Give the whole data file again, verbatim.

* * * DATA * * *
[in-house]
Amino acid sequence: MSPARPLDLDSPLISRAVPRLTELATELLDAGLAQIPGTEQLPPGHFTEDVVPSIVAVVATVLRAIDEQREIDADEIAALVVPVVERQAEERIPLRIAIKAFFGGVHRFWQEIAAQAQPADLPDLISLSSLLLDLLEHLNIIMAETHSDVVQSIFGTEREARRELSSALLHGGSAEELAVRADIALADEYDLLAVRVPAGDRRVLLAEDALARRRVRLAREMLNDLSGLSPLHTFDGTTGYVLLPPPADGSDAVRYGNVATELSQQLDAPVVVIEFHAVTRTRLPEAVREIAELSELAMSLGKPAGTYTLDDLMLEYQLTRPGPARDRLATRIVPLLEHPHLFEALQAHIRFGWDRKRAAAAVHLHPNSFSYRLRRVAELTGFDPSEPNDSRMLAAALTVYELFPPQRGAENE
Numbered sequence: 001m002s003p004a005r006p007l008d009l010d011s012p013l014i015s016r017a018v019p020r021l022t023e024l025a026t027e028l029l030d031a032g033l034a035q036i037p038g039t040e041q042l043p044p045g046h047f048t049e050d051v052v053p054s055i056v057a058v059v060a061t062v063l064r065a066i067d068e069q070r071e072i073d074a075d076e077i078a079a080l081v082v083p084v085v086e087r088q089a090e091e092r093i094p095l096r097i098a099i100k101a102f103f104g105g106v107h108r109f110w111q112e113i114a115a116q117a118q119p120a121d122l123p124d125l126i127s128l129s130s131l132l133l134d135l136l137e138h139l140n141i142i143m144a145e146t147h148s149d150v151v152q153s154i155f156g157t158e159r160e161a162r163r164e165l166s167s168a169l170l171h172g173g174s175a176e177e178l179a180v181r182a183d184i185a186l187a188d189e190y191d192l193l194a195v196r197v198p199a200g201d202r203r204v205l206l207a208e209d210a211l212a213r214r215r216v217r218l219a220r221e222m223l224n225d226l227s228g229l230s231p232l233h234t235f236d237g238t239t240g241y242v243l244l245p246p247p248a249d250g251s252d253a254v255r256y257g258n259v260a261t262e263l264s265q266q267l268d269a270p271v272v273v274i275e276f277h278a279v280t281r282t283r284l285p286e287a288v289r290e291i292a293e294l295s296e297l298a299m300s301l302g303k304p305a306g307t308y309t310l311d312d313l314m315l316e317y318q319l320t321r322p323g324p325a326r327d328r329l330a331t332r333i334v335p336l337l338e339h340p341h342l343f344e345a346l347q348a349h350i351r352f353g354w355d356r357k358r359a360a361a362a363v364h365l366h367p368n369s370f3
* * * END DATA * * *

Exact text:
[in-house]
Amino acid sequence: MSPARPLDLDSPLISRAVPRLTELATELLDAGLAQIPGTEQLPPGHFTEDVVPSIVAVVATVLRAIDEQREIDADEIAALVVPVVERQAEERIPLRIAIKAFFGGVHRFWQEIAAQAQPADLPDLISLSSLLLDLLEHLNIIMAETHSDVVQSIFGTEREARRELSSALLHGGSAEELAVRADIALADEYDLLAVRVPAGDRRVLLAEDALARRRVRLAREMLNDLSGLSPLHTFDGTTGYVLLPPPADGSDAVRYGNVATELSQQLDAPVVVIEFHAVTRTRLPEAVREIAELSELAMSLGKPAGTYTLDDLMLEYQLTRPGPARDRLATRIVPLLEHPHLFEALQAHIRFGWDRKRAAAAVHLHPNSFSYRLRRVAELTGFDPSEPNDSRMLAAALTVYELFPPQRGAENE
Numbered sequence: 001m002s003p004a005r006p007l008d009l010d011s012p013l014i015s016r017a018v019p020r021l022t023e024l025a026t027e028l029l030d031a032g033l034a035q036i037p038g039t040e041q042l043p044p045g046h047f048t049e050d051v052v053p054s055i056v057a058v059v060a061t062v063l064r065a066i067d068e069q070r071e072i073d074a075d076e077i078a079a080l081v082v083p084v085v086e087r088q089a090e091e092r093i094p095l096r097i098a099i100k101a102f103f104g105g106v107h108r109f110w111q112e113i114a115a116q117a118q119p120a121d122l123p124d125l126i127s128l129s130s131l132l133l134d135l136l137e138h139l140n141i142i143m144a145e146t147h148s149d150v151v152q153s154i155f156g157t158e159r160e161a162r163r164e165l166s167s168a169l170l171h172g173g174s175a176e177e178l179a180v181r182a183d184i185a186l187a188d189e190y191d192l193l194a195v196r197v198p199a200g201d202r203r204v205l206l207a208e209d210a211l212a213r214r215r216v217r218l219a220r221e222m223l224n225d226l227s228g229l230s231p232l233h234t235f236d237g238t239t240g241y242v243l244l245p246p247p248a249d250g251s252d253a254v255r256y257g258n259v260a261t262e263l264s265q266q267l268d269a270p271v272v273v274i275e276f277h278a279v280t281r282t283r284l285p286e287a288v289r290e291i292a293e294l295s296e297l298a299m300s301l302g303k304p305a306g307t308y309t310l311d312d313l314m315l316e317y318q319l320t321r322p323g324p325a326r327d328r329l330a331t332r333i334v335p336l337l338e339h340p341h342l343f344e345a346l347q348a349h350i351r352f353g354w355d356r357k358r359a360a361a362a363v364h365l366h367p368n369s370f3